Onsale's latest 10K filing with the S.E.C.  detailed the many risks that the company faces, and the uncertainty that its business model will be successful.  The company is facing increasing competition in the online auction market.  There are now several merchants that compete directly with the company's product lines.  The barriers to entry are low--the software to set up an online auction business is readily available.  The company's 10K says that "increased competition is likely to result in reduced operating margins, loss of market share, and a diminished brand franchise, any of which could materially adversely affect the company's business, results of operation, and financial results."   The greatest competitive threat the company faces is the possibility that computer makers will enter the auction business themselves.  Many of the company's suppliers already sell equipment via their internet sites, and the introduction of close out auctions would increase the suppliers' margins  and at the same time strengthen their relationships with  customers. 

The increasingly competitive nature of the online auction business, coupled with Onsale's rapid expansion, has led to a sharp increase in ONSL's operating expenses and to a decrease in operating margins.  The company expects its sales and marketing spending to increase as it "continues to enhance its brand recognition through marketing alliances. However there can be no assurance that the increase in expenses will result in enhanced brand recognition."   The company states that because of the "evolving and unpredictable nature of its business" it is uncertain whether the ONSALE brand name will be accepted by consumers. 

Other risks cited by the company are its reliance on other internet companies to drive traffic to its site, the inventory and price risks of the company purchasing and warehousing merchandise, the uncertainties of introducing new categories of merchandise, and unreconciled merchandise adjustments.

The risks outweigh the rewards for holders of Onsale stock at current levels.The  run up in price of ONSL has left it severely overvalued.  The shares now trade at over 10 times sales.  The company will report a loss for this year, and current estimates call for the company to report a loss in 1999.  Now is the time to sell, or sell short, shares in this retailer of refurbished and close out merchandise.


BFLY (Bluefly Inc): Bluefly Inc. operates the internet e-commerce website Bluefly.com.   The website was started in September 1998 and sells discounted off-price, end-of-season, and excess inventory men's, women's, and children's apparel and accessories.  In November, the stock surged from $4 a share to a 52-week high of $24 after the company announced marketing deals with portals AOL, @Home, Yahoo, and Lycos which now feature the company in their shopping sections.

  The company formerly operated under the name Pivot Rules, which according to the company's December prospectus, "designed and marketed a full collection of golf sportswear for men under the Pivot Rules brand name. In June 1998, the company decided to discontinue the operations of its golf sportswear division and devote all of the company's resources to build Bluefly.com."  The company intends to become the leading online off-price apparel retailer.

Bluefly.com had gross revenues of $300,000 in its first 3 months of operation (a period that included the important Christmas shopping season).  The website attracted 664,000 unique visitors in December and had 26,000 registered users (It should be noted that registration is required to use the company's MyCatalog personalized search feature, and thus not all registered users are necessarily actual buyers).  The portal deals and increased marketing spending will boost revenues and name recognition in coming quarters.  While the company's business plan and initial results show promise, there are several hurdles which it must overcome before its current valuation levels can be justified.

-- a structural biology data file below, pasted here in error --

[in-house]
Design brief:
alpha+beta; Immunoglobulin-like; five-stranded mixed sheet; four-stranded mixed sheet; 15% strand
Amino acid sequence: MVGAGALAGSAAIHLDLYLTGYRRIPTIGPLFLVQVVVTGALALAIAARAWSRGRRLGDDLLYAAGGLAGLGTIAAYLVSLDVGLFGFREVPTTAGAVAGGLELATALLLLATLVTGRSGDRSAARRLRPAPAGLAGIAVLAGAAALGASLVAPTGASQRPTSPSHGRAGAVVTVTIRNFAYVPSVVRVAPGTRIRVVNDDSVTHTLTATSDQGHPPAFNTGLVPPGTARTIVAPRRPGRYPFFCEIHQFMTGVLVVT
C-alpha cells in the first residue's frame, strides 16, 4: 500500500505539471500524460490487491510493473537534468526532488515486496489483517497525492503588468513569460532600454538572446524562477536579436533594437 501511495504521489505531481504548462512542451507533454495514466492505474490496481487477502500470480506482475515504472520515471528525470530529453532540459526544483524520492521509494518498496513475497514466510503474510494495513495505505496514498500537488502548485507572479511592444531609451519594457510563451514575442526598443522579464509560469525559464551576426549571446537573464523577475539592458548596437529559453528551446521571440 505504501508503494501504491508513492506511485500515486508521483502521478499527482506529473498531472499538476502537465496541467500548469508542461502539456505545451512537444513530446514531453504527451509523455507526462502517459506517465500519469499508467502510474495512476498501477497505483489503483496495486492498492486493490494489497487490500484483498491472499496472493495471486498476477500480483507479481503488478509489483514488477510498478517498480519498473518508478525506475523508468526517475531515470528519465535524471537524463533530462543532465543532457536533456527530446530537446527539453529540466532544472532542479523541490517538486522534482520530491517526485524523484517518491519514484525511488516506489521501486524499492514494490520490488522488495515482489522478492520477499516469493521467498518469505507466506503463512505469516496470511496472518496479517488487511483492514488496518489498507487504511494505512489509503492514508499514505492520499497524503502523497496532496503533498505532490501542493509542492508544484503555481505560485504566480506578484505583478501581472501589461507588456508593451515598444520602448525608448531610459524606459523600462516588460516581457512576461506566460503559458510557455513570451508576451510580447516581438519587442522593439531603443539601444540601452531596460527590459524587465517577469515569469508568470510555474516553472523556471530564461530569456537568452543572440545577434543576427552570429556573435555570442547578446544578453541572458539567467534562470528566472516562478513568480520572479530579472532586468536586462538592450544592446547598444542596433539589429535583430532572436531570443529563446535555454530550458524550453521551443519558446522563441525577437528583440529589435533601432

Like many other internet startups,  BFLY's current valuations discount future growth and do not take into account the inevitable risk inherent in any startup business.  A non internet based company must show results and staying power before it is accorded a higher stock price.  In the current environment, an internet based company need not show results--only a vision for the future.  The reality is that the chances of a startup retail  business succeeding are not increased merely because the company eschews the traditional milieu of the land based store for the newer internet based model.

Because we are not immune to the cynicism which is endemic among denizens of our town, there are several risks, uncertainties, and statements detailed in the company's filings and prospectus that give us cause for concern.   Chief among them perhaps, is management's discussion of its discontinued Pivot Rules division, "The golf sportswear division had been operating at a loss, and despite efforts to promote the brand, orders for the sportswear collection had been significantly below the Company's business plan and even further below last year's level."  This does not give us a lot of confidence that the transition from startup to established off-price retailer will be a smooth one for Bluefly.com.  An apparel retailer, whether store based or internet based, is subject to the cyclicality and sudden changes in trend that are a way of life in the clothing business.  While the golf division had been profitable in several prior years, it was not immune to the fickle nature of the fashion industry.  There have been very few apparel based retailers   that have not at some point been caught on the wrong side of a trend.   Merchandise markdowns to sell excess inventory, and their accompanying lower margins, are the end results when a company temporarily misses the fashion parade.